Larry's Blog Pages

January 27, 2012

Age Grouper Spotlight - Sean Delanghe

The 2011 Milton Duathlon was my first du in a little more than a calendar year. I spent most of 2010 racing triathlon but did not enjoy the swim training very much so I decided to go back to my comfort zone, run/bike/run.

As it turns out, one gentleman in this race would leave a lasting impression on me as he glided past me with about 500 metres left to the finish. I knew he was a strong runner, from the open 2k run, but I hoped I had put enough of a gap between us on the bike to avoid being caught on the final leg of the race. I guessed wrong. He put out an amazing effort, on a tough course, and fought very hard for that win.

Thankfully, I had a chance to chat with the victor after the race where I discovered he wasn't so new to the sport after all. We then connected over the internet through the summer and got out for a great training ride in his old stomping grounds, Collingwood. His cycling skills were impressive in the hills and he went on to a fantastic Centurion Canada race a few weeks after our scouting mission.

Dr. Sean Delanghe recently graduated from the Canadian Memorial Chiropractic College in Toronto and has now set up shop in the Waterloo area. Make sure you look him up if you are in need of some attention ( ) .

10 Questions with Sean Delanghe

Q1. How long have you been competing in duathlon/triathlon?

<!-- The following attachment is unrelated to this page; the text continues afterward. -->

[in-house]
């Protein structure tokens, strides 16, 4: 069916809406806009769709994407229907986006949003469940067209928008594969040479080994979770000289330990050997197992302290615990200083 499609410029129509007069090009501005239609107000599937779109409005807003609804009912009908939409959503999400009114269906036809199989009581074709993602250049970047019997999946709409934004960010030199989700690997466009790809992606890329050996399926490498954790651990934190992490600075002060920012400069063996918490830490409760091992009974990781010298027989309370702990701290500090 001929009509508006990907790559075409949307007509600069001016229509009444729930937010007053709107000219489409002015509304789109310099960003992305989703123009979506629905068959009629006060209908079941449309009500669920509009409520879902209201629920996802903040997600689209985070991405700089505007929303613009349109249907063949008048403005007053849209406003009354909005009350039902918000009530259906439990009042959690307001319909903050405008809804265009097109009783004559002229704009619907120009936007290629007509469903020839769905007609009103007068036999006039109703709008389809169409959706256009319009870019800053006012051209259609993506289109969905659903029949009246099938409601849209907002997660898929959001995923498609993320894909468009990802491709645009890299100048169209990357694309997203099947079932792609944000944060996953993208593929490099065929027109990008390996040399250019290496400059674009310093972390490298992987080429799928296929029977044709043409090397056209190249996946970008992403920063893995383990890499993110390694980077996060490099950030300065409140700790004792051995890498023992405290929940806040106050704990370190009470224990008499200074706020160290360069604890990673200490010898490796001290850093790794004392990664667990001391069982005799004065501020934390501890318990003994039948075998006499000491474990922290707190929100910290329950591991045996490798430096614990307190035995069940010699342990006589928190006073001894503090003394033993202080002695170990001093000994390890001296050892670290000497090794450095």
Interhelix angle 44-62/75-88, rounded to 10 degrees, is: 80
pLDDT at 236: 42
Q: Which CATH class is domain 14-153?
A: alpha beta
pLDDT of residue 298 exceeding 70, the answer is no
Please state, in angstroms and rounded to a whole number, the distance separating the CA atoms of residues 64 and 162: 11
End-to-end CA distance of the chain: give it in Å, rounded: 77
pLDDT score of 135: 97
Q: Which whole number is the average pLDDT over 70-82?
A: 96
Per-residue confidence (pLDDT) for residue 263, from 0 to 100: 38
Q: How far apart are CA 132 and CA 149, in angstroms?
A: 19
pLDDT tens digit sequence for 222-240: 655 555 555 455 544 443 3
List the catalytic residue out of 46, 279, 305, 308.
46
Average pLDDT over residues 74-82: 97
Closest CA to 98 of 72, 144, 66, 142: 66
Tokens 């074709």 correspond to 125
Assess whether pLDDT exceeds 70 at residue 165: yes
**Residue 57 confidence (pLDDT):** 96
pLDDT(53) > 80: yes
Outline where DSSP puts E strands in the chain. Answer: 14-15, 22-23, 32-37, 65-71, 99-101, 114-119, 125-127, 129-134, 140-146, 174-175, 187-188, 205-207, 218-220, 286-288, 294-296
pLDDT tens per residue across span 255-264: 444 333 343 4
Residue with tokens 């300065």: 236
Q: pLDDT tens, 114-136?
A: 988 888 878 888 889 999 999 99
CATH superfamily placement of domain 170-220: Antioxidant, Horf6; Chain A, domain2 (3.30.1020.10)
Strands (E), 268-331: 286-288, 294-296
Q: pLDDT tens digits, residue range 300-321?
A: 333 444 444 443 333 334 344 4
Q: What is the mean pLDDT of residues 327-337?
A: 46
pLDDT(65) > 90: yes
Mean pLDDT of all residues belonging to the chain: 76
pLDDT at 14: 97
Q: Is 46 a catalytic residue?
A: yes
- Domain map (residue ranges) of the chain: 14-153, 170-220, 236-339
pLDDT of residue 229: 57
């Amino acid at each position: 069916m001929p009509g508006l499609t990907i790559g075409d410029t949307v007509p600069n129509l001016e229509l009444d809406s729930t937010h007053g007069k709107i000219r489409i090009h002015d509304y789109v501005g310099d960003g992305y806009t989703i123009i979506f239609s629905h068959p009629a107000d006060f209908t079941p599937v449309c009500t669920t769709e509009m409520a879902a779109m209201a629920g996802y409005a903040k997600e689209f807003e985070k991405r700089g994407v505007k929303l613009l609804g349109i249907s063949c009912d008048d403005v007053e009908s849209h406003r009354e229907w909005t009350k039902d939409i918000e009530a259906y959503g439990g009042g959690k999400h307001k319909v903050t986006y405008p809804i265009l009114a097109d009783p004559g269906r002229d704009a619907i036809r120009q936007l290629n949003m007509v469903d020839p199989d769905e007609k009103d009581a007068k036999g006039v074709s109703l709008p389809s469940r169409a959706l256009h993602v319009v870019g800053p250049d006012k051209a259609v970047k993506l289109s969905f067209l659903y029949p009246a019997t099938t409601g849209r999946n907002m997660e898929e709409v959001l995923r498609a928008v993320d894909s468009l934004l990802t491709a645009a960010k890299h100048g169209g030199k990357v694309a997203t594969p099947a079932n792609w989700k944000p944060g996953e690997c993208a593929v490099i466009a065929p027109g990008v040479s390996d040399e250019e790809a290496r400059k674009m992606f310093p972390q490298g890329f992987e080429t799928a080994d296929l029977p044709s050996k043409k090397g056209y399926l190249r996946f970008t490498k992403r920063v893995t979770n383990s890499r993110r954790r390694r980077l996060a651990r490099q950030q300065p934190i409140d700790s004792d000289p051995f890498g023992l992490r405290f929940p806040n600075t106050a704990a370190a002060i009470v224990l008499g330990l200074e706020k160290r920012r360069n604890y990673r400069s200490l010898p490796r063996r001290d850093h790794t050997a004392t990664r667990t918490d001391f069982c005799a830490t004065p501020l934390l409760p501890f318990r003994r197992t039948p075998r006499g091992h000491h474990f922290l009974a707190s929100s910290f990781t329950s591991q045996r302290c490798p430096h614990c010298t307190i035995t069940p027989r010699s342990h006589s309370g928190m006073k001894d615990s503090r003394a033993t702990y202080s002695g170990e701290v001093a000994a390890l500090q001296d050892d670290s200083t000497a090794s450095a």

- I started with some Kids of Steel events when I was really young, along with some local, smaller scale races. However, I jumped into my first “adult” multisport race in 1999 when I was 13, the Collingwood Duathlon. The course was ridiculous, taking us up Grey Road 19 (7-8 km of climbing, which felt like a lot when I was 13), but I had so much fun.

Q2. Do you train as much as you would like or are there outside factors that limit your training?

- Work (and previously school) definitely limits the amount of time I train. However, I almost think this is a good thing. I get excited about getting out for a run or a ride, and I dream about this stuff throughout the busy day. Sure, I would be able to fit in more if I was less busy but I don’t think I would have nearly as much fun with it. Right now, training and racing is my release and I am more than happy to keep it that way.

Q3. How do you find training now that you are out in the workforce?

- I’m finding it easier than when I was in school, surprisingly. When I was in chiropractic school, my schedule was so inconsistent that I just had to squeeze in workouts whenever I “felt like it”. And then, during exams, it was almost impossible to put in any worthwhile work. While I am probably working more total hours now, the consistency is amazing. For instance, I know for a fact that I can do intervals with a group I lead every Monday night, whereas I did not have that luxury while in school. I just find it much easier to rely on scheduled training rather than will power on any given day.

Q4. If you had a full day to train (with fresh legs), which workout would you pick to make the most of this time?

- If I had a full day, I would without a doubt add more endurance work (especially long rides). Being able to sleep in, have a good breakfast and then get on the bike for 4+ hours without having to worry about other responsibilities would be amazing. Having the time to eat and rest properly after the workout (and potentially throw in another ride) would be a great day.